Earlier this week Supreme Court justices signaled that they might uphold key provisions of Arizona’s immigration law, S.B. 1070, which would essentially turn police into immigration agents.
Businesses in the state are fearful that if the Supreme Court upholds the law it would have adverse effects. Many farmers in the state and around the country depend on immigrant workers harvest their crops, a job that most Americans won’t do. If the draconian law is allowed to stand, these farmers may face a shortage of workers. While a number of migrant workers have immigration attorneys get them work visas, a large number are undocumented.
Without enough workers, farmers would be forced to let some of their crops ruin, which could drive up the costs of produce. This happened last year in Georgia when Vidalia onion farmers faced a shortage of field hands. They attempted to use labor from local prisons and non-immigrant workers, but this was unsuccessful.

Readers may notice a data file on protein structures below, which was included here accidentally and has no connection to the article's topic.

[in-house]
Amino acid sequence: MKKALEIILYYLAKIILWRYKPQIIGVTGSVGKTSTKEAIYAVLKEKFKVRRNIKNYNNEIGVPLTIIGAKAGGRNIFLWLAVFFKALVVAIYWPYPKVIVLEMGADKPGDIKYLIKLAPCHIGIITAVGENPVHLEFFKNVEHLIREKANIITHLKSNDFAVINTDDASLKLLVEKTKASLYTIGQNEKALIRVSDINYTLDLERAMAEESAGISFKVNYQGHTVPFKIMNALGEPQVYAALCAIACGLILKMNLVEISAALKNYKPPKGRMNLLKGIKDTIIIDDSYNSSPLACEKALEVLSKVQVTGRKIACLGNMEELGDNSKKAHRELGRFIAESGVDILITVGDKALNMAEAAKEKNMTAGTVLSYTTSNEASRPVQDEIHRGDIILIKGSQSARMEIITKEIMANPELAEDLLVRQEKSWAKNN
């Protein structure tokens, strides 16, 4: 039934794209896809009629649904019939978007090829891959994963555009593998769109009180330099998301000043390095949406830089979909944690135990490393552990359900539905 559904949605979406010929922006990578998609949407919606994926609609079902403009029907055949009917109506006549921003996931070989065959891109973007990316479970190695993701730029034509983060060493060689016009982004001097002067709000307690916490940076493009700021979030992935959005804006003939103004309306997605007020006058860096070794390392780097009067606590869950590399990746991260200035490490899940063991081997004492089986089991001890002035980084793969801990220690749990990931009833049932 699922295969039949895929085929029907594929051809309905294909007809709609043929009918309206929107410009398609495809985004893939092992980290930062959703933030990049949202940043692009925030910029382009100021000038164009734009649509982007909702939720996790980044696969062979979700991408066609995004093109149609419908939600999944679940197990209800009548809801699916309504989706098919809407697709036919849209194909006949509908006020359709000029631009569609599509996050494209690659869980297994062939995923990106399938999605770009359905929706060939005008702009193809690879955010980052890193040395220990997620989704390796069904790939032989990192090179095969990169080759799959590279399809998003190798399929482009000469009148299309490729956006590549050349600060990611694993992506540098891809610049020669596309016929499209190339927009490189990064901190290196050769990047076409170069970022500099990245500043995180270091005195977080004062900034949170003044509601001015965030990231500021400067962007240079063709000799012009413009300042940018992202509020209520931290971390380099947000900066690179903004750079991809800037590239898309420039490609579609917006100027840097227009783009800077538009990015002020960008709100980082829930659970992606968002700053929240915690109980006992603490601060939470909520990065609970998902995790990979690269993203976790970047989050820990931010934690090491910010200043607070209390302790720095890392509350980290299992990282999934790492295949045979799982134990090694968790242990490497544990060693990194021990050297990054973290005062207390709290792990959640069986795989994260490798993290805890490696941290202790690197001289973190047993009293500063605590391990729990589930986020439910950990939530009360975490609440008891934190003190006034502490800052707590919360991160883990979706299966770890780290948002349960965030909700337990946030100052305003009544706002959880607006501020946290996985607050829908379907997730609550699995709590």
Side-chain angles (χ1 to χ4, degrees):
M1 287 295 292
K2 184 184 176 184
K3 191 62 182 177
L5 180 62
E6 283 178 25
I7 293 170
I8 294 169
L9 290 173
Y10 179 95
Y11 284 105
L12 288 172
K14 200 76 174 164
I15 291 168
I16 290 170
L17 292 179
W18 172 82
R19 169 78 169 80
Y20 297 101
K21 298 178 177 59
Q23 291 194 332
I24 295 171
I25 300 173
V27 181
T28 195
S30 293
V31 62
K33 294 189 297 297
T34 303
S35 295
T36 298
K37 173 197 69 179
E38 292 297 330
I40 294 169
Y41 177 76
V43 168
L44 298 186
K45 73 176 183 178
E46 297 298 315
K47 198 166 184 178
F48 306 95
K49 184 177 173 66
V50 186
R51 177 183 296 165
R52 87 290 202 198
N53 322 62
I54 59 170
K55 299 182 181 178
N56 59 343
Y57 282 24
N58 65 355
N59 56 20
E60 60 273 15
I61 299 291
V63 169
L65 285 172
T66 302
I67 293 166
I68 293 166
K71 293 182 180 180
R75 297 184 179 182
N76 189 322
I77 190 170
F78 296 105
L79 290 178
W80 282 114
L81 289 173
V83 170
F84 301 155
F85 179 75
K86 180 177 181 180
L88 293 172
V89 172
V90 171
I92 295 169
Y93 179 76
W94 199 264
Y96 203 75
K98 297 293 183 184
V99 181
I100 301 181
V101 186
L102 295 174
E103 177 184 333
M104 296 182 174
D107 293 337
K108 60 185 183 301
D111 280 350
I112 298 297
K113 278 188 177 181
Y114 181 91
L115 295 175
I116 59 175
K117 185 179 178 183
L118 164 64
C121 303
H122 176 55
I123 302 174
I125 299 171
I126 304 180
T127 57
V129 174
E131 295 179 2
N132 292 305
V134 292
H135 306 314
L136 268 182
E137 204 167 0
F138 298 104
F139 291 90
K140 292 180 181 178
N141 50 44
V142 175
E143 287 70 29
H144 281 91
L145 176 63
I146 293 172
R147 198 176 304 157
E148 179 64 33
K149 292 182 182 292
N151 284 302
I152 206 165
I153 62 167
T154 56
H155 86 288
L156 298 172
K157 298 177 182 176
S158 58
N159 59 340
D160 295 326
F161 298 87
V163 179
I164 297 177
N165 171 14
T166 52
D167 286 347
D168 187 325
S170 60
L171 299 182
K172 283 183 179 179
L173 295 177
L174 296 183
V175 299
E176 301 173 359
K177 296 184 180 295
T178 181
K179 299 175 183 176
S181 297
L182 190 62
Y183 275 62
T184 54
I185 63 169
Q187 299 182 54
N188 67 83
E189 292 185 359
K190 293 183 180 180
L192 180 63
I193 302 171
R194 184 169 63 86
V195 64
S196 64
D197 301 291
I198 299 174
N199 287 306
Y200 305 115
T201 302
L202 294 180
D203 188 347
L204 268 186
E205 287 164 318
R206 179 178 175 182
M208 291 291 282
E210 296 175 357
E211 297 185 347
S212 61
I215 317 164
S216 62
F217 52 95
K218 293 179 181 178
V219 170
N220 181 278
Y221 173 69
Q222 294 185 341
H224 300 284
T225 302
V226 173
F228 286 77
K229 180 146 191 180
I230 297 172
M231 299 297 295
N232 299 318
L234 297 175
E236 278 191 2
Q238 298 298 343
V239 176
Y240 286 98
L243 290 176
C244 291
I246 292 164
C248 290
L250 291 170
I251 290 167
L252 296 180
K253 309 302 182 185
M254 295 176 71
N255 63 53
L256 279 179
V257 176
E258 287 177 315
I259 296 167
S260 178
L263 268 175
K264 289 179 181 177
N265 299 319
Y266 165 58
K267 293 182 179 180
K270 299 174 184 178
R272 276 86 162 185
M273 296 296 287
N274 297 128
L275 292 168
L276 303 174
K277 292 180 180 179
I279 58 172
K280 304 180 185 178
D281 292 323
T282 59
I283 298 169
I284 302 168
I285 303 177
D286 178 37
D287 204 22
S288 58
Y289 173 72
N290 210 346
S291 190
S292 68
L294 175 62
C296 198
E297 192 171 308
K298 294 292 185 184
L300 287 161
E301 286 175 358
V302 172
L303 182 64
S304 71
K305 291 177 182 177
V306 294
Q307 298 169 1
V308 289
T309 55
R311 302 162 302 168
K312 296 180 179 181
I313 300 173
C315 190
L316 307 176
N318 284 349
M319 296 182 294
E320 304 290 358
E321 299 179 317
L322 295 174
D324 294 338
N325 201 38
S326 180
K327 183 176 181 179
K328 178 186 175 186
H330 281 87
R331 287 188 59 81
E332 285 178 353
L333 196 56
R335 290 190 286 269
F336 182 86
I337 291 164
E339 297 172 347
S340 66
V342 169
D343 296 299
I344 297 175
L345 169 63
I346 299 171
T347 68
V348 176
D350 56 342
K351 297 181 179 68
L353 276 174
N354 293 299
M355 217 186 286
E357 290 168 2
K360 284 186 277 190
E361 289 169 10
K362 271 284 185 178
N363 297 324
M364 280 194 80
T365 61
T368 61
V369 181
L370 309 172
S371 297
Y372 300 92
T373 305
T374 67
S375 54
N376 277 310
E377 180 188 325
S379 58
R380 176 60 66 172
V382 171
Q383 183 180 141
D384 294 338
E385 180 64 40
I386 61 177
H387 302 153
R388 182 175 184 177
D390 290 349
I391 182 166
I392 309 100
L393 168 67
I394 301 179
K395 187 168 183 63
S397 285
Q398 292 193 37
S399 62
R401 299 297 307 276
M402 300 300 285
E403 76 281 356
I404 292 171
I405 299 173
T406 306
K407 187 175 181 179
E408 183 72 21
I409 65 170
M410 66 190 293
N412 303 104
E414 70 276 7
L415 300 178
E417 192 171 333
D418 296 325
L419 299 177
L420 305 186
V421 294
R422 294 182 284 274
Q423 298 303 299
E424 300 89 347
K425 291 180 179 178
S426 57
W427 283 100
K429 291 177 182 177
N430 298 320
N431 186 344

But farmers are the only ones feeling the pressure; other businesses fear that enactment of S.B. 1070 would cause more boycotts and shrink the labor force. The law may cause legal immigrants and those, who have not obtained legal documents through an immigration lawyer, flee the state.
Todd Landfried, executive director of Arizona Employers for Immigration Reform told Bloomberg, “When S.B. 1070 first went into effect in 2010, we saw a significant drop in sales-tax revenues and an increase in the unemployment rate. There’s no reason to think this won’t happen again of the law goes into effect.”
Central to the debate of S.B. 1070 is the clause, nicknamed “papers please,” which would give police the right to detain any person suspected of being an immigrant who cannot produce legal documents.
Though illegal immigration from Mexico has declined significantly, there are still many undocumented immigrants in the country. For these individuals deportation looms, but by retaining an immigration lawyer they may be able to get the necessary visas, which would allow to live and work without fear.